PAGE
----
Summary of California Low Carbon Fuel Standard Workshop – April 2024

Summary of California Low Carbon Fuel Standard Workshop – April 2024

The California Air Resources Board (CARB) held a workshop on April 10, 2024, addressing the proposed regulatory amendments to the California Low Carbon Fuel Standard (LCFS) program. This workshop discussed potential revisions to the rule, as well as sought additional feedback and comments from stakeholders. EcoEngineers is providing the following summary to highlight potential changes and areas of re-evaluation from the initial proposal.

A link to the presentation and supplemental documentation referred to can be found at: LCFS Meetings and Workshops | California Air Resources Board.

For more information, please contact Lisa Hanke at

Updated Modeling

CARB proposed four new step-down scenarios under consideration for the final rule. In creation of the new scenarios, CARB has updated the modeling to reflect:

  • Increased tailpipe emissions factors for methane (CH4) and nitrous oxide (N2O) affecting renewable diesel, biodiesel, and ultra-low sulfur diesel (ULSD);
  • Increased supply assumptions for renewable diesel from virgin oils and waste oils;
  • Energy demand from plug-in hybrid electric vehicles (PHEVs) and medium-duty vehicles (MDVs).

The first three of the new scenarios being analyzed reflect step-downs at 5%, 7%, and 9%. All three of the scenarios result in a 30% carbon intensity (CI) reduction by 2030 and a 90% CI reduction by 2045. The fourth scenario being analyzed is a 5% step-down in 2025 with the auto-acceleration mechanism triggered twice. This results in a 39% CI reduction by 2030 and 90% CI reduction in 2043. EcoEngineers had recommended a steeper step-down rate in the company’s written comments to CARB, and several commenters in attendance also supported a steeper step-down, many with preference for 9%.

The following chart from compares the modeled scenarios:

Source: CARB, LCFS Workshop Slide #47

Feedback was requested from CARB to determine the appropriate scenario to implement. Specific feedback requested is shown in the following:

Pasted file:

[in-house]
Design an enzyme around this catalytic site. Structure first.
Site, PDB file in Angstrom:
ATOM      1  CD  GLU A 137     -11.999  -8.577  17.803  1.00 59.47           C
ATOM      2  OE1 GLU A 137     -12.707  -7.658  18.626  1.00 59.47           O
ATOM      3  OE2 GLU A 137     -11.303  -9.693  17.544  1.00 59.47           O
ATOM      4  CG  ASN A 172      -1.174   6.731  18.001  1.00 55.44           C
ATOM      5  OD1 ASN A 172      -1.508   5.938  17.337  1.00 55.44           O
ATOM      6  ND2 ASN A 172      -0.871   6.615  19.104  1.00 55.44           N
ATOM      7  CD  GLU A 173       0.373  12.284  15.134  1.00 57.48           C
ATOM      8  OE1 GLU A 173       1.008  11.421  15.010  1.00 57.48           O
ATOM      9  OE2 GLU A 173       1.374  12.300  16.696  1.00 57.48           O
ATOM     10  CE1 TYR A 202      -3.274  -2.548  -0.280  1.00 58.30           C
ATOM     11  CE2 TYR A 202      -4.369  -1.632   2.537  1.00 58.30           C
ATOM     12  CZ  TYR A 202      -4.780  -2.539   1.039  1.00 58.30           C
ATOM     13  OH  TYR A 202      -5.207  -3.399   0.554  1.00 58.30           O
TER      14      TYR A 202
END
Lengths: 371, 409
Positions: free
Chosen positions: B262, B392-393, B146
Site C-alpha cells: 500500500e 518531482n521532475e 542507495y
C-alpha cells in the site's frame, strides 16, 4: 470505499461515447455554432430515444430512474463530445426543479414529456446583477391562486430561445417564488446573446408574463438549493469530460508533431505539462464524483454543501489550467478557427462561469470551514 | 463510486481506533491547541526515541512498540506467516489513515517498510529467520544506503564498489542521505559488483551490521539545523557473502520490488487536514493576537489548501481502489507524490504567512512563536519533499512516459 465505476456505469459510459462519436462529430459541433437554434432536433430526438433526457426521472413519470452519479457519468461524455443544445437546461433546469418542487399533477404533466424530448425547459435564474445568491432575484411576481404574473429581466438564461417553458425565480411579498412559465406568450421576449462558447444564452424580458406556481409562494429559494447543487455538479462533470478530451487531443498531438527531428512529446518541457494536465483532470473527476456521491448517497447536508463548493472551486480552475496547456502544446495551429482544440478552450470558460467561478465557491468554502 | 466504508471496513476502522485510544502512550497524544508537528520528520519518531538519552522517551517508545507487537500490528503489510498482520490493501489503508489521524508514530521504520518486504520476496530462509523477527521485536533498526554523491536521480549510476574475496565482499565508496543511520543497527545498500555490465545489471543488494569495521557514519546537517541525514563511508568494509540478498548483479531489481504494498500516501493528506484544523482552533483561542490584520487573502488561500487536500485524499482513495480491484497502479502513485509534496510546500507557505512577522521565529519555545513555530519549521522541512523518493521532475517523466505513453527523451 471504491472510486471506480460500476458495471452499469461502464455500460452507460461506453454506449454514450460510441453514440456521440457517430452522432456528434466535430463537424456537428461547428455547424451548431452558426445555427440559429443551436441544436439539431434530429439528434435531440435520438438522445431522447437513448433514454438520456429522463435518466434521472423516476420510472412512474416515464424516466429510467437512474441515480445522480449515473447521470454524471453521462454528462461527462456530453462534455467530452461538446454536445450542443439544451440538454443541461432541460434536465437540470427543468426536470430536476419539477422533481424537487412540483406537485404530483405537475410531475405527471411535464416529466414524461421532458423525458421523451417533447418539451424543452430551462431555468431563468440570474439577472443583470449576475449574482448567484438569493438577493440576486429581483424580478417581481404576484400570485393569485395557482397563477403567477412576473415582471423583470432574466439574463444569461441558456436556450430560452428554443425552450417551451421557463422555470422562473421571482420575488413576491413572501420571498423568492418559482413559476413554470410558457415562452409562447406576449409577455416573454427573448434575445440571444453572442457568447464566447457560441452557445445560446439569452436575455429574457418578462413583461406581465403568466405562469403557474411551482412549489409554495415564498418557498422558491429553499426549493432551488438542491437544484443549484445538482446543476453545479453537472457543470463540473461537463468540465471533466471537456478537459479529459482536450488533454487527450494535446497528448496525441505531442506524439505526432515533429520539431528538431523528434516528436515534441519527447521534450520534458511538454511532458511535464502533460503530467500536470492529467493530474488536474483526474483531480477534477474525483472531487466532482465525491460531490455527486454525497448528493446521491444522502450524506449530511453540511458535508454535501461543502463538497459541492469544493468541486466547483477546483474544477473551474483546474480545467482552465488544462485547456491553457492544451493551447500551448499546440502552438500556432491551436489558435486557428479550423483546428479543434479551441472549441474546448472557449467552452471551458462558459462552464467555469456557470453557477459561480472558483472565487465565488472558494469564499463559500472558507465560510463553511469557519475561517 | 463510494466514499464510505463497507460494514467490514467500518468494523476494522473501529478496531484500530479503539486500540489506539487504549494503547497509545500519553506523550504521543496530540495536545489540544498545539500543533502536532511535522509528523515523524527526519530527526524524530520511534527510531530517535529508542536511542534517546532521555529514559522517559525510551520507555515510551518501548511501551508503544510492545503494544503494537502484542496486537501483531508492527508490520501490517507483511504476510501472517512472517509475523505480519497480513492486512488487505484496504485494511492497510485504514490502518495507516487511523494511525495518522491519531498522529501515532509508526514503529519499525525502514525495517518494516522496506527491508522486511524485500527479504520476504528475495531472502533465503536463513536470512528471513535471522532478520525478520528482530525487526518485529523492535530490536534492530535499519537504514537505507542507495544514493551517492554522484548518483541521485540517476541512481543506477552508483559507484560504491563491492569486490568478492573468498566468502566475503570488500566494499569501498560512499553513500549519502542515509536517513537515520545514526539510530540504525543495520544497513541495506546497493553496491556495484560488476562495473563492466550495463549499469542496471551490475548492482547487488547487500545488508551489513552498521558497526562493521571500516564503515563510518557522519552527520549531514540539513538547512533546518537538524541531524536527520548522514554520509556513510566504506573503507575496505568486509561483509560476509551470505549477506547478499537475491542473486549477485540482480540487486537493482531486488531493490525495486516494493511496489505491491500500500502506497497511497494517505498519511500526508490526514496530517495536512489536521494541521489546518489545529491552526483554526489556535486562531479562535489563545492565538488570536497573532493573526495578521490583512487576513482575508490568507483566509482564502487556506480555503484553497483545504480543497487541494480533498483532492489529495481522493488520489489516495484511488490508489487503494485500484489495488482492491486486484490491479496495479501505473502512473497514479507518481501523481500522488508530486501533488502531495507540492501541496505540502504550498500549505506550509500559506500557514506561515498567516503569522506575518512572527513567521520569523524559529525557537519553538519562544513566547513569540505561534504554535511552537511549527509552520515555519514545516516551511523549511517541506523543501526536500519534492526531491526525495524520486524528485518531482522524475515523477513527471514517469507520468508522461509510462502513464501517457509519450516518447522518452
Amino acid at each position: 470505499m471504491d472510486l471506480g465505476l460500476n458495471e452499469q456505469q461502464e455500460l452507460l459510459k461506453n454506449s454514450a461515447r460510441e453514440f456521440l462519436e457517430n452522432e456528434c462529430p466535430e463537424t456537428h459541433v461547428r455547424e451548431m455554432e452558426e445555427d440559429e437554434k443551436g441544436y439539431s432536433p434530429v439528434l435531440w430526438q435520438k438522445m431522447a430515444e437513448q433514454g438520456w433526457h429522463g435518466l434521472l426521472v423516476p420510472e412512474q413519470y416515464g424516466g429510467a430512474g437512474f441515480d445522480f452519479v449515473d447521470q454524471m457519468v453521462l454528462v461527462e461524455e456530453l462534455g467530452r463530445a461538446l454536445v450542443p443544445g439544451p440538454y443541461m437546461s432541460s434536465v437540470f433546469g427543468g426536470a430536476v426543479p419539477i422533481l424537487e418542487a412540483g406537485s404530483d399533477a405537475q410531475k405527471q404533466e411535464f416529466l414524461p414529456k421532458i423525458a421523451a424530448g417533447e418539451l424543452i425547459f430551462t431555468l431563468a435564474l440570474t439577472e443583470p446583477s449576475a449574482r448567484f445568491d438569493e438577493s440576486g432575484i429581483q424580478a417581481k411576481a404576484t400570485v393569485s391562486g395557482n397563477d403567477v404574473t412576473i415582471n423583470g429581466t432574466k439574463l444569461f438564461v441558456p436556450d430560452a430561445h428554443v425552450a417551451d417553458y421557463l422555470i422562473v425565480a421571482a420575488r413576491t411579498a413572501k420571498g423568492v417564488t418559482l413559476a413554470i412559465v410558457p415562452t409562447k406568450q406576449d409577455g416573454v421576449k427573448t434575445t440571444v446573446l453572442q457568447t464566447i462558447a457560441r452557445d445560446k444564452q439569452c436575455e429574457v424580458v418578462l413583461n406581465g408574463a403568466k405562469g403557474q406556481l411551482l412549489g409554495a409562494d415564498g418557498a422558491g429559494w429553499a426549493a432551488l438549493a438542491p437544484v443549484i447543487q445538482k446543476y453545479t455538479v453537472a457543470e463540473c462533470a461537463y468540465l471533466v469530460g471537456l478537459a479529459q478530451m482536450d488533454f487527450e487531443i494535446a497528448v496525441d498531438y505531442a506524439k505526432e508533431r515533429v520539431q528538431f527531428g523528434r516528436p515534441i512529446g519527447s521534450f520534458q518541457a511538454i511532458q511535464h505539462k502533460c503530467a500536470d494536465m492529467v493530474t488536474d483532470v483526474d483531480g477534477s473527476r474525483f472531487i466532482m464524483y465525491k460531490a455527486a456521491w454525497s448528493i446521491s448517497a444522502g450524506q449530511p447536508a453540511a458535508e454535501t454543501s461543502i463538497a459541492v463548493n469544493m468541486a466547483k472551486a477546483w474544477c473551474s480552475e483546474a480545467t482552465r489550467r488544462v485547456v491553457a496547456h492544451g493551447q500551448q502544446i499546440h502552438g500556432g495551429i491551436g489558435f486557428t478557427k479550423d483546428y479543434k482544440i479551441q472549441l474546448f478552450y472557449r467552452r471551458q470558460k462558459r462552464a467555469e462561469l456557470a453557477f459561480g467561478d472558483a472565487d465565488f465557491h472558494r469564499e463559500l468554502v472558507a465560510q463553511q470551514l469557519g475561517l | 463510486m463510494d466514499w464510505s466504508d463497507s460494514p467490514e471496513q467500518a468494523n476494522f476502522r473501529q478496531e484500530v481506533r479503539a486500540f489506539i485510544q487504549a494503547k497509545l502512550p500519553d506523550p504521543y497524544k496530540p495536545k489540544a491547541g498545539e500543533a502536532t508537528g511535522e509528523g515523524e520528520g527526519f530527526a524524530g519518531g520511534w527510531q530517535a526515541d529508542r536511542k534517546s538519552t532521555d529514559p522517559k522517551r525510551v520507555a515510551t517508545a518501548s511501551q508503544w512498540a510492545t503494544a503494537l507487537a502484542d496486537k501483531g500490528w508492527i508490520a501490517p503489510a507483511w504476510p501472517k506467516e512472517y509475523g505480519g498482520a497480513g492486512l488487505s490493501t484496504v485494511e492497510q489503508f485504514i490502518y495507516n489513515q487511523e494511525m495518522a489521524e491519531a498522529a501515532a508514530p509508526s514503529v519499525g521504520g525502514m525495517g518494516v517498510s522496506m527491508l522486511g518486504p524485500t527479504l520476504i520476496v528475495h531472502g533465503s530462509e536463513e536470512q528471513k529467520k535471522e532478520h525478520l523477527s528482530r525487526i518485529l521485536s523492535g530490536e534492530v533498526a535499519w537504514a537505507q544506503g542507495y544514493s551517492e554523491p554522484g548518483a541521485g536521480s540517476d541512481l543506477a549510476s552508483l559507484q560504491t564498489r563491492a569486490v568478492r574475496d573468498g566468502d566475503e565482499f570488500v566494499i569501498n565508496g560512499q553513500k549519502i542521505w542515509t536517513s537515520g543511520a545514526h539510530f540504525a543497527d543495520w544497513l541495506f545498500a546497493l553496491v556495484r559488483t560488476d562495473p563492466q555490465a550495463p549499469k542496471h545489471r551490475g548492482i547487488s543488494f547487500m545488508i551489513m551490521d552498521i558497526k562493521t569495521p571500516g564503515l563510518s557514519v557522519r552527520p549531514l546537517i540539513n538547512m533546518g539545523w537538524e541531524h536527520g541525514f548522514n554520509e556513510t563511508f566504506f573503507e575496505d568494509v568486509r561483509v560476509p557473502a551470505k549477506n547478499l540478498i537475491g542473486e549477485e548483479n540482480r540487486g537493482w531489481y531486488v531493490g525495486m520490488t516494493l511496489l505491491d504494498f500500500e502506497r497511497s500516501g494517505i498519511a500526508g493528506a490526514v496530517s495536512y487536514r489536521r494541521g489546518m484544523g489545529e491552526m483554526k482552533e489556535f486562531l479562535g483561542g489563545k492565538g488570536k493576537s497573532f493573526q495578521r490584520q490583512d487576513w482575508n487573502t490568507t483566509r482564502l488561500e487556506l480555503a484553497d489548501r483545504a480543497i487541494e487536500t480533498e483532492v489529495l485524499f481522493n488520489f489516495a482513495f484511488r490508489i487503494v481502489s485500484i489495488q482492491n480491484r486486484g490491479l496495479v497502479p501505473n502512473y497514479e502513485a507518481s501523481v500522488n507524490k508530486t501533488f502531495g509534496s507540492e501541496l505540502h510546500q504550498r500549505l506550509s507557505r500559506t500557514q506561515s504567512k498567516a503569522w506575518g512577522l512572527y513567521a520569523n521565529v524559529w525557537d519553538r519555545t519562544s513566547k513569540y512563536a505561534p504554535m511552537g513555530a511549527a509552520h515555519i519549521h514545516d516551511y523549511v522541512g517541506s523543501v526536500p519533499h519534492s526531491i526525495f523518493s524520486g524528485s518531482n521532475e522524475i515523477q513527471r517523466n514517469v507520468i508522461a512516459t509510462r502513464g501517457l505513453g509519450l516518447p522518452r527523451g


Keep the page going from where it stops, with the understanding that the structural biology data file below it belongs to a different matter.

Source: CARB, LCFS Workshop Slide #49

Sustainability Criteria

In addition to the originally proposed regulation, CARB is evaluating an increase in LUC values for high-risk feedstocks and methods to increase traceability, verification, and/or enforcement of waste feedstock. LUC changes may be based on empirical sub-national data, such as remote sensing or satellite monitoring. CARB requested feedback for potential data sources.

Additionally, CARB indicated several times throughout the workshop that they are interested in obtaining feedback for how the proposed sustainability certification should be implemented. Originally proposed regulations were based on existing certification programs, for example, International Sustainability and Carbon Certification (ISCC).

MDV/HDV Infrastructure

Though not a focus of the staff’s presentation, many commenters spoke with concern for the MDV/HDV infrastructure crediting regulations. Specifically, regulations regarding the number of eligible chargers at a specific site, which must be less than 10 under the current proposal, is too low, and geographic siting is a major hinderance. CARB expressed openness to obtaining feedback and updating the rules.


The timeline for the implementation of the LCFS amendments was provided and is demonstrated below.

Source: CARB, LCFS Workshop Slide #67

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